• Middleware - While Java and Solaris may appear to be the crown jewels in the deal, Oracle has managed to slowly buy out other stack competitors (i.e.
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News Analysis: Oracle Acquires Sun, Enters Open Source and High End Computing Markets

Oracle announces a $7.4B deal for SUN just a few weeks after the IBM
deal fell through.  Oracle now controls a significant major open source
alternative and a nice piece of the high end computing business.  These
open source components have been viewed as the alternative to the
dominance of the Big 4 or MISO (Microsoft, IBM, SAP, and Oracle).  
Oracle also gains an innovation engine with the assets of Sun's Labs
groups which pioneers a series of innovations that include potential
enterprise solutions for the virtual world.  The deal puts Oracle on a
continued path to acquiring deeper components of the enterprise
computing stack.  Here's how the stack looks:

Read more

Categories:

News Analysis: Oracle Acquires Sun, Enters Open Source and High End Computing Markets

Oracle announces a $7.4B deal for SUN just a few weeks after the IBM
deal fell through.  Oracle now controls a significant major open source
alternative and a nice piece of the high end computing business.  These
open source components have been viewed as the alternative to the
dominance of the Big 4 or MISO (Microsoft, IBM, SAP, and Oracle).  
Oracle also gains an innovation engine with the assets of Sun's Labs
groups which pioneers a series of innovations that include potential
enterprise solutions for the virtual world.  The deal puts Oracle on a
continued path to acquiring deeper components of the enterprise
computing stack.  Here's how the stack looks:

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Covetus The Sun Installed Base

James Staten The value of Sun’s Solaris installed base proved its worth once again this week as Oracle found it too tempting to pass up and pulled the trigger trumping IBM. A large percent of Oracle’s most profitable customers run their Oracle wares on Solaris and for them to fall further into the hands of the mortal enemy alone justifies the purchase. Sure, Oracle gains complimentary IP in Java, MySQL, and a very competent services organization but most of the rest is likely to end up off Oracle’s books.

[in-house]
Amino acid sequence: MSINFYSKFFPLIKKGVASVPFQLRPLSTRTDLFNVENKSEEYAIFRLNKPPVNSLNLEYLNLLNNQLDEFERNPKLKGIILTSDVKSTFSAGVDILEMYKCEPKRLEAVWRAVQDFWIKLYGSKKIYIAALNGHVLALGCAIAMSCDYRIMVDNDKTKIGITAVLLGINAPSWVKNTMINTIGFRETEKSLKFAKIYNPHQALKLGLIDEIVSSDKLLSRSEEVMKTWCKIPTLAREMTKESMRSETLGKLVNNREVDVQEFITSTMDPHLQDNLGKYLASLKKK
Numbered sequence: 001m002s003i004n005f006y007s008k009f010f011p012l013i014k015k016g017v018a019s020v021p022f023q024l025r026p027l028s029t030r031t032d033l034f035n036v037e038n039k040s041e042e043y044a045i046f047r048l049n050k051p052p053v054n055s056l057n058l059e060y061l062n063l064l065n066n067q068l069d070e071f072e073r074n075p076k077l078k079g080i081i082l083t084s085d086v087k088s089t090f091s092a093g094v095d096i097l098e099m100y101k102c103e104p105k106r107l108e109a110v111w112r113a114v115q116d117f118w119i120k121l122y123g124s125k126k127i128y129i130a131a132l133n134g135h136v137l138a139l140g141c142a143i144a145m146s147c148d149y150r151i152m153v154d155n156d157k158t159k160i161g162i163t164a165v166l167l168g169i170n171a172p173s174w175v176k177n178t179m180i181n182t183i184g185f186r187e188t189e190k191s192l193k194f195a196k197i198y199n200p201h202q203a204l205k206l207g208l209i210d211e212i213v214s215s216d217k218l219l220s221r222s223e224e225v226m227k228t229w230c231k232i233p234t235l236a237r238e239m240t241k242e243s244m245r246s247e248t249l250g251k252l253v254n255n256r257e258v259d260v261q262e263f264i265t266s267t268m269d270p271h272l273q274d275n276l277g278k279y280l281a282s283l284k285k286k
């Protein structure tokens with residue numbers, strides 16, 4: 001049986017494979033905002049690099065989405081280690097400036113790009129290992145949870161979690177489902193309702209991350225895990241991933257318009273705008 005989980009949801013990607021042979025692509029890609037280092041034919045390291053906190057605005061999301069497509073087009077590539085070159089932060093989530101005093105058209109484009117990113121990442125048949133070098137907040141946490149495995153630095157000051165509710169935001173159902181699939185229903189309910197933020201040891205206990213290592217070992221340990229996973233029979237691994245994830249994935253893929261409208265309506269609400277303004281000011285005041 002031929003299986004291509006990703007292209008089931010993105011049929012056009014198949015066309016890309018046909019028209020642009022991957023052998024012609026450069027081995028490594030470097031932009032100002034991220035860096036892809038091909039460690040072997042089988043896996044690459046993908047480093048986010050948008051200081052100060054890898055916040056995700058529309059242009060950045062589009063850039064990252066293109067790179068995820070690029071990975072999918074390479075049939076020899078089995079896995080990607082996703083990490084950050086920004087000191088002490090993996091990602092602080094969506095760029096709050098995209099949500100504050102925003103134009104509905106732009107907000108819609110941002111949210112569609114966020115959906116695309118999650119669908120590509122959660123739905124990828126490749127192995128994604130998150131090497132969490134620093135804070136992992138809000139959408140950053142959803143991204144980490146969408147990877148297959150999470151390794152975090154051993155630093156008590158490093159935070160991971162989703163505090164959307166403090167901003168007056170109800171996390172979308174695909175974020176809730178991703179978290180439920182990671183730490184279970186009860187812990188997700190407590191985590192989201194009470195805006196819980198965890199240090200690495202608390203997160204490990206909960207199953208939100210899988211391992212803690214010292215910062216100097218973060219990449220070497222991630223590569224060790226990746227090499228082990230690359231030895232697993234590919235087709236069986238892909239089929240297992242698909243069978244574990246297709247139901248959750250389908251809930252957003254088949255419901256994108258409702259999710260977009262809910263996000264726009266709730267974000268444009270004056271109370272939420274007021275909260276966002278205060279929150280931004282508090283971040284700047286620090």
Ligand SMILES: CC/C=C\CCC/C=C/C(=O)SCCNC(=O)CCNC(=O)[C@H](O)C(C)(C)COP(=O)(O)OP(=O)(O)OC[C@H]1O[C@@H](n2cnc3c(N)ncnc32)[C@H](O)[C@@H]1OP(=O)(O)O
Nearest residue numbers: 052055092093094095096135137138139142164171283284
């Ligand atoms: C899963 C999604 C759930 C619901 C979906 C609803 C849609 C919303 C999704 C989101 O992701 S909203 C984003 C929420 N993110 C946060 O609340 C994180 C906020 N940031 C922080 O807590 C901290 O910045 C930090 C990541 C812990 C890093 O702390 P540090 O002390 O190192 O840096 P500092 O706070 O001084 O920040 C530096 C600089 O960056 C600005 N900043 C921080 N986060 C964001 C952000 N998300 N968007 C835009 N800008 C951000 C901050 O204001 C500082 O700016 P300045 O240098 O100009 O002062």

It’s not every day that we read about a software maker buying a hardware company and that in itself is perhaps the biggest sign of things to come from this acquisition. Oracle, like Microsoft, enjoys healthy profit margins from a software-only business model. While Oracle is far more consulting-heavy than its Redmond rival, it profits rise above IBM, HP, Cisco and others because of its low cost of goods. Sun’s server and storage businesses don’t fit with this model and certainly don’t justify the further investment in the SPARC microprocessor that will be needed to keep this business healthy. So despite Oracle’s statement that, “Oracle plans to engineer and deliver an integrated system -- applications to disk -- where all the pieces fit and work together, so customers do not have to do it themselves,” expect Oracle to shop these units tout suite. Dell and HP are likely to bid for these businesses and do a strategic alignment on product collaboration like HP’s last year on the Oracle Data Warehouse.